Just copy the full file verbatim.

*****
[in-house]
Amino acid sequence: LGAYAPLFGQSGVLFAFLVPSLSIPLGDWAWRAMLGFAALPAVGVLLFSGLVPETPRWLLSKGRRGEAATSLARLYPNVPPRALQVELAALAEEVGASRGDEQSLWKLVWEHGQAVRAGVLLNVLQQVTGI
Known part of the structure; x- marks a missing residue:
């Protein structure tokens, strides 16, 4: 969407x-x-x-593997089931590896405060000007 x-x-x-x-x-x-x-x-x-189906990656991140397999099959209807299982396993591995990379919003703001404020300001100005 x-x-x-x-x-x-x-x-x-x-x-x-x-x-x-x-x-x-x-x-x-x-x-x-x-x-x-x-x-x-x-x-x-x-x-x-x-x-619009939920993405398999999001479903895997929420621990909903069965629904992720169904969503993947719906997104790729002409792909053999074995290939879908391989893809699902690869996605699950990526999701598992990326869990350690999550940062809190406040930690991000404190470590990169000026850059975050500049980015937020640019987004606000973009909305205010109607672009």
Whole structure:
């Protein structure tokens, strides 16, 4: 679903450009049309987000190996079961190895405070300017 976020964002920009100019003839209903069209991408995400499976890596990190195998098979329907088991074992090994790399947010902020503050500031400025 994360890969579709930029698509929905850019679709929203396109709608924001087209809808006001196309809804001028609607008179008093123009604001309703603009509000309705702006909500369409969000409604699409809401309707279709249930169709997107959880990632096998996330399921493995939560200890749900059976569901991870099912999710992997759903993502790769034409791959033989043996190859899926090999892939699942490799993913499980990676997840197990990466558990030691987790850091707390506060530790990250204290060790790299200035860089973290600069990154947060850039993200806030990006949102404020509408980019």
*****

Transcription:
[in-house]
Amino acid sequence: LGAYAPLFGQSGVLFAFLVPSLSIPLGDWAWRAMLGFAALPAVGVLLFSGLVPETPRWLLSKGRRGEAATSLARLYPNVPPRALQVELAALAEEVGASRGDEQSLWKLVWEHGQAVRAGVLLNVLQQVTGI
Known part of the structure; x- marks a missing residue:
């Protein structure tokens, strides 16, 4: 969407x-x-x-593997089931590896405060000007 x-x-x-x-x-x-x-x-x-189906990656991140397999099959209807299982396993591995990379919003703001404020300001100005 x-x-x-x-x-x-x-x-x-x-x-x-x-x-x-x-x-x-x-x-x-x-x-x-x-x-x-x-x-x-x-x-x-x-x-x-x-x-619009939920993405398999999001479903895997929420621990909903069965629904992720169904969503993947719906997104790729002409792909053999074995290939879908391989893809699902690869996605699950990526999701598992990326869990350690999550940062809190406040930690991000404190470590990169000026850059975050500049980015937020640019987004606000973009909305205010109607672009």
Whole structure:
């Protein structure tokens, strides 16, 4: 679903450009049309987000190996079961190895405070300017 976020964002920009100019003839209903069209991408995400499976890596990190195998098979329907088991074992090994790399947010902020503050500031400025 994360890969579709930029698509929905850019679709929203396109709608924001087209809808006001196309809804001028609607008179008093123009604001309703603009509000309705702006909500369409969000409604699409809401309707279709249930169709997107959880990632096998996330399921493995939560200890749900059976569901991870099912999710992997759903993502790769034409791959033989043996190859899926090999892939699942490799993913499980990676997840197990990466558990030691987790850091707390506060530790990250204290060790790299200035860089973290600069990154947060850039993200806030990006949102404020509408980019």